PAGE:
• They can be used in remote locations for research facility accommodation to save building housing. Instant good accommodation means that essential research can go ahead without delay in waiting for accommodation.
  • They can be used for emergency housing, whether the emergency springs from a tornado, flood or other causes.
  • They can be used for a humanitarian action unit, offering clean and comfortable accommodation to those who need it.
  • Tourist lodge accommodation in eco-sensitive areas. Using this type of accommodation means there is no need to disturb wildlife or flora by taking electricity into the area. And no need for plumbing or other buildings to go up.

Where the ecocapsule can be used

The ecocapsule has been well-designed with insulated walls, making it suitable for use in very hot or very cold climates. It can be used in remote locations where there is no access to power, as it generates its own with the wind turbine and solar panels.

However, rainfall is needed to keep up the water supply, so perhaps in the middle of the desert would not be the best place to live in it. With that being said, the latest water-saving and recycling techniques have been put into place. The units now use a composting toilet instead of the flushing one. Nice architects based in Bratislava are still looking for another solution since composting toilets do have a few disadvantages.

This miniature caravan look-alike that is full of modern technology can sit on top of a high-rise building just as comfortably as on the top of a mountain, or on the beach. It can be installed in the jungle, by a river or on the side of a road, in a park or on private property. This ecocapsule can be used just about anywhere accommodation is required. Speaking of eco-technology, passive cooling is also used by having a window that opens in each side so the breezes can waft through, right across the double bed.

Just how big is an ecocapsule?

It looks tiny, but that is partly due to the design.  In fact, it offers 8 square metres of living space, with half of the double bed folding to create a walkway, or a place to sit at the table. There is storage at each end, with one being accessible from outside. Even more storage space is utilised by the netting shelf above the bed, ideal for clothing and bedding. Windows and the door lift up, also saving room, just in case space at its destination is at a premium.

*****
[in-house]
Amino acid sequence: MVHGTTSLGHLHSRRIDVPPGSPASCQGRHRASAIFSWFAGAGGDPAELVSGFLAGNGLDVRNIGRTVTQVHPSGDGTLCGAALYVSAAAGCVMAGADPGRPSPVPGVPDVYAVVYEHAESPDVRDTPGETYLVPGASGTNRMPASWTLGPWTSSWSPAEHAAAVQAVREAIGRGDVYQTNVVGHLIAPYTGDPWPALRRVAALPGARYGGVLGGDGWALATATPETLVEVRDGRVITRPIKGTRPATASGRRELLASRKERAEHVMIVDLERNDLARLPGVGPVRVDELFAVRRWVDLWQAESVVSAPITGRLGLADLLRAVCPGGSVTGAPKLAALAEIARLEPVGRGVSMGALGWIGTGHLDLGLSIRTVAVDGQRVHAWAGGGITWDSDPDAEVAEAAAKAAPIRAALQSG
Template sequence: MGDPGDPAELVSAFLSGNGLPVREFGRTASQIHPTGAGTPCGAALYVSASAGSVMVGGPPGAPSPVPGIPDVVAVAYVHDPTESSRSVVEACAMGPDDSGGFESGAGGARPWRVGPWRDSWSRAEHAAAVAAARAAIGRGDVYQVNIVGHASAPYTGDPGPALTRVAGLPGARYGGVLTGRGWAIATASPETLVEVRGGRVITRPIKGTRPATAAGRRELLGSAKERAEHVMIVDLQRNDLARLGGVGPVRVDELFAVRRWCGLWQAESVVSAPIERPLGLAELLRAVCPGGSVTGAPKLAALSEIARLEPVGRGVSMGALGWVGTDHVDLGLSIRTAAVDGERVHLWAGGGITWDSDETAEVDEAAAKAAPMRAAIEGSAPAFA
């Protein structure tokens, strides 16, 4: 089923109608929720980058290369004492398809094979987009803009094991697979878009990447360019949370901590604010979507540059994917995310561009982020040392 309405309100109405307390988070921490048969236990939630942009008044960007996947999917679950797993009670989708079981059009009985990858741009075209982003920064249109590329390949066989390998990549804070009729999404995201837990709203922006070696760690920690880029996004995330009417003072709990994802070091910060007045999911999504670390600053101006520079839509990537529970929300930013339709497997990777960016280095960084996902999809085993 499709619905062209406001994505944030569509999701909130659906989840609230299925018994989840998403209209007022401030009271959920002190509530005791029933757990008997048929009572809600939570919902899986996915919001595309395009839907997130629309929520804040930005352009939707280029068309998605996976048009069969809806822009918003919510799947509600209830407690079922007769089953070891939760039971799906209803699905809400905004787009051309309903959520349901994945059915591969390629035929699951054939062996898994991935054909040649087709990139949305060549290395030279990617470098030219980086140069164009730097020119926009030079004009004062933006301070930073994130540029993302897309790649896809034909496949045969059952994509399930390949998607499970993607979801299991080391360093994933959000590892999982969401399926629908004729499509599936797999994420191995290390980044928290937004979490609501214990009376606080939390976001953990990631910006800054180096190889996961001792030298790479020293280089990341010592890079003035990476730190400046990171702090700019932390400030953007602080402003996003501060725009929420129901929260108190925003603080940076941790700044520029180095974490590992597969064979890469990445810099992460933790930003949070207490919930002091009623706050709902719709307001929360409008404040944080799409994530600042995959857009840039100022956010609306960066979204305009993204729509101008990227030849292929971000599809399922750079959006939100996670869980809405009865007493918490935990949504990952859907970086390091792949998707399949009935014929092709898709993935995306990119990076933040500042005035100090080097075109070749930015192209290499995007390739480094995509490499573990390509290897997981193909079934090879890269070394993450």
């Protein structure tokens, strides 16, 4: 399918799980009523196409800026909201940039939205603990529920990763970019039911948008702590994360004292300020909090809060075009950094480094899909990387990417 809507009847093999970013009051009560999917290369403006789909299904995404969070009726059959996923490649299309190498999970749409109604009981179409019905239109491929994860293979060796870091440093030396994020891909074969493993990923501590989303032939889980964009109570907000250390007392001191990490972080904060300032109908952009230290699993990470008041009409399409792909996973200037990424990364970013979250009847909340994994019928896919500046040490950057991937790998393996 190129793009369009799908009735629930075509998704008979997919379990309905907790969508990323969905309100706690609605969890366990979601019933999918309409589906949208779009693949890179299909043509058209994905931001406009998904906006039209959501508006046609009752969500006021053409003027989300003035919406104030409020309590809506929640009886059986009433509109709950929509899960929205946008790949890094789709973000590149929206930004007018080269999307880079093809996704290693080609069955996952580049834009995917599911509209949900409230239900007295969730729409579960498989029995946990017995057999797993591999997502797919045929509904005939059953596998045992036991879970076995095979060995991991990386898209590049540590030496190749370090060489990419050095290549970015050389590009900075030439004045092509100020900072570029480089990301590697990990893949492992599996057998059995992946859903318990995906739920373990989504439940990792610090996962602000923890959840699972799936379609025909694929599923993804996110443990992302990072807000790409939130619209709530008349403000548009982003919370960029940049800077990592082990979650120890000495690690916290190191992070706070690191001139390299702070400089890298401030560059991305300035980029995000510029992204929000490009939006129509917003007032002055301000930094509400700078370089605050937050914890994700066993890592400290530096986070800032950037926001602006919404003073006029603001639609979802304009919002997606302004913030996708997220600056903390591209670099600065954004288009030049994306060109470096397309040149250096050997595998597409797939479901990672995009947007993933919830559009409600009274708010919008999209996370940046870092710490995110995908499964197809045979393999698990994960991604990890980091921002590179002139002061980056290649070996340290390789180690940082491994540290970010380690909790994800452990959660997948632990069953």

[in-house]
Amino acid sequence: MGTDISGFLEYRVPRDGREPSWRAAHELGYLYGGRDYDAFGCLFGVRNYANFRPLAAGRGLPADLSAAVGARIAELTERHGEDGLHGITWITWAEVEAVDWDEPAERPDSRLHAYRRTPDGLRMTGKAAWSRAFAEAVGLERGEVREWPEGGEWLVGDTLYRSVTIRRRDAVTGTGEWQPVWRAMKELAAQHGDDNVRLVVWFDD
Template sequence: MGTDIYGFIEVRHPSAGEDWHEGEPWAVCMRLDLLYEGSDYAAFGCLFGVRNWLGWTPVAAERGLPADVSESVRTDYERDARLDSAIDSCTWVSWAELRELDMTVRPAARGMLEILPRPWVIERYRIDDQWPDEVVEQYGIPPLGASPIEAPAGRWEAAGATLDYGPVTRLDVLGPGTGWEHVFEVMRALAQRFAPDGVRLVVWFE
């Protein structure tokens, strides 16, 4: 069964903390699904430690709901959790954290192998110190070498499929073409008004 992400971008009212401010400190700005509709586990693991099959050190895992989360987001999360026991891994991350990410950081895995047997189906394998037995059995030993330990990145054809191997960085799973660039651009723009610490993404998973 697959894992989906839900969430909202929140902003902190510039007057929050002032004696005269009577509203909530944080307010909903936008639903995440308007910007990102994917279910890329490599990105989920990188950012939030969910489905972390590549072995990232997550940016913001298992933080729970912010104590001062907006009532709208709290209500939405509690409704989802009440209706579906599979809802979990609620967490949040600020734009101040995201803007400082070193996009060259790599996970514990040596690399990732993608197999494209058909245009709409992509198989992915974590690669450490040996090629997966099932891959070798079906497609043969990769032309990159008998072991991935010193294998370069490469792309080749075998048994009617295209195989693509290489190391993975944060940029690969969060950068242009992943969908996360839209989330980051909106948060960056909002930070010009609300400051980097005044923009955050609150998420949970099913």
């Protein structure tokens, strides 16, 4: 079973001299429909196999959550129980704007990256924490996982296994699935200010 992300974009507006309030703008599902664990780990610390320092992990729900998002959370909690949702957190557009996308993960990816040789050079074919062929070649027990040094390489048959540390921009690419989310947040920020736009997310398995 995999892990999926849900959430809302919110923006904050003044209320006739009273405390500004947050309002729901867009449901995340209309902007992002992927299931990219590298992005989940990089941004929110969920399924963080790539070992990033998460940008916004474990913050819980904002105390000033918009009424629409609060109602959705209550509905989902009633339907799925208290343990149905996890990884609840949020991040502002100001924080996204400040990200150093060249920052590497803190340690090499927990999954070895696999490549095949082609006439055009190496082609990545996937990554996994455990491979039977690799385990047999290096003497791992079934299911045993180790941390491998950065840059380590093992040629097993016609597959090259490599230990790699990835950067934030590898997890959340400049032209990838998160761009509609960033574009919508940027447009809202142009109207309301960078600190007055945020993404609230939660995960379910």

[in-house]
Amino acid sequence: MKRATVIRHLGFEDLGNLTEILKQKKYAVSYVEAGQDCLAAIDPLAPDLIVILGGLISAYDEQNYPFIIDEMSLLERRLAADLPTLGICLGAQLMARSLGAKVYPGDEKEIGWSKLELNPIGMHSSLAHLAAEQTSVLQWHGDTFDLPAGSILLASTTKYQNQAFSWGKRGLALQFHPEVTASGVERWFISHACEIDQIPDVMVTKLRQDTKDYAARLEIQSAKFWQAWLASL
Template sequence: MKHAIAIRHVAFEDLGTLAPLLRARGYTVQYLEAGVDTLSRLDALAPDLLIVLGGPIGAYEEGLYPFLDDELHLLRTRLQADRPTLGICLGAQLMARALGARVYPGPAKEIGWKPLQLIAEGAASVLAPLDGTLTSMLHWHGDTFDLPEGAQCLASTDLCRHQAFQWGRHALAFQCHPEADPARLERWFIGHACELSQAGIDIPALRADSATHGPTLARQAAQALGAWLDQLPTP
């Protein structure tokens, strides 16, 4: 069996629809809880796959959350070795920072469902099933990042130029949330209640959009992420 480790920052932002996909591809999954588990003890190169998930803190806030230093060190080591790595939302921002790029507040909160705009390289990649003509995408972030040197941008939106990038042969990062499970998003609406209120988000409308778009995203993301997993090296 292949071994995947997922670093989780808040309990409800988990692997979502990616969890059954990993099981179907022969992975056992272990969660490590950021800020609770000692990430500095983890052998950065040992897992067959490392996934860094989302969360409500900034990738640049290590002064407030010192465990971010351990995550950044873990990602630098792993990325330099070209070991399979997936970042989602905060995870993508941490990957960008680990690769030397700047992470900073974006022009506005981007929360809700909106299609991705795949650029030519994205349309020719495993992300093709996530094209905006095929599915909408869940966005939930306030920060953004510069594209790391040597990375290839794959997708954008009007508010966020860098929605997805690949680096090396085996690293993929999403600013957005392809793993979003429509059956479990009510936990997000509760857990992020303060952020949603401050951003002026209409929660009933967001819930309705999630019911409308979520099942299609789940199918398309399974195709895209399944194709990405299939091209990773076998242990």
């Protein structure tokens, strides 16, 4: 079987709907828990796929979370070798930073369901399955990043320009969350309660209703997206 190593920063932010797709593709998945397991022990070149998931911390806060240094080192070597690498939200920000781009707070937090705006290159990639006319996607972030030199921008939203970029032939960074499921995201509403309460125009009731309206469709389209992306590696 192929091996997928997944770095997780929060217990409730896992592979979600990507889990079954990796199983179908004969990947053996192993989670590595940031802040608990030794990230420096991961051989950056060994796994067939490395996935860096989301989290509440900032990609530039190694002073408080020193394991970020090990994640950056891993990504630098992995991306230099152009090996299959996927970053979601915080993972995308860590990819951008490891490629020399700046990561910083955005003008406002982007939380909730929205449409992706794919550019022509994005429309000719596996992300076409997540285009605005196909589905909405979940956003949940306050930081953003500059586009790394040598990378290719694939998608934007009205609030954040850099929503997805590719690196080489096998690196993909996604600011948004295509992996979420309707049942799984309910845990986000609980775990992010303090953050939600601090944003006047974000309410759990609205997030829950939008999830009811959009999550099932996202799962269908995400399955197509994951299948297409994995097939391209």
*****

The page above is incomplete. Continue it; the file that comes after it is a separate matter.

So how does it get to its destination?

The ecocapsules will fit into a container for shipping, should they need to be deployed overseas, or they can be towed in a trailer to their destination. As yet, there are none with wheels that can be towed like a caravan, but these are in the planning stages. The addition of wheels is sure to increase their applications as they can then be towed behind the family car. It may be just the thing to fit into a tiny, suburban backyard when Nan and Pop visit the kids for the holidays if they don’t have a spare room available. With everything you could possibly need for a nice, long stay, why waste money booking into holiday accommodation? All you will need is sun, wind and water to manage very nicely in this tiny home for two.

Sustainable design

The Slip House – an inspiring water efficient green home

Slip House3
Slip House2

Water is one resource not lacking in the United Kingdom. So it’s perhaps a little surprising UK designers have effectively incorporated water efficiency into a pre-fabricated design.

The Slip House was built in London. To support its green and water efficient design, it features a tank collecting rainwater, mechanically-ensured ventilation, solar panels, flawless insulation and triple glazing. Described as a prototype for sustainable family living in the UK, not only does it function in a sustainable way, but it is also fits in a tight space, between two other houses – hence, the name ‘Slip’ house.

Read more about the Slip House.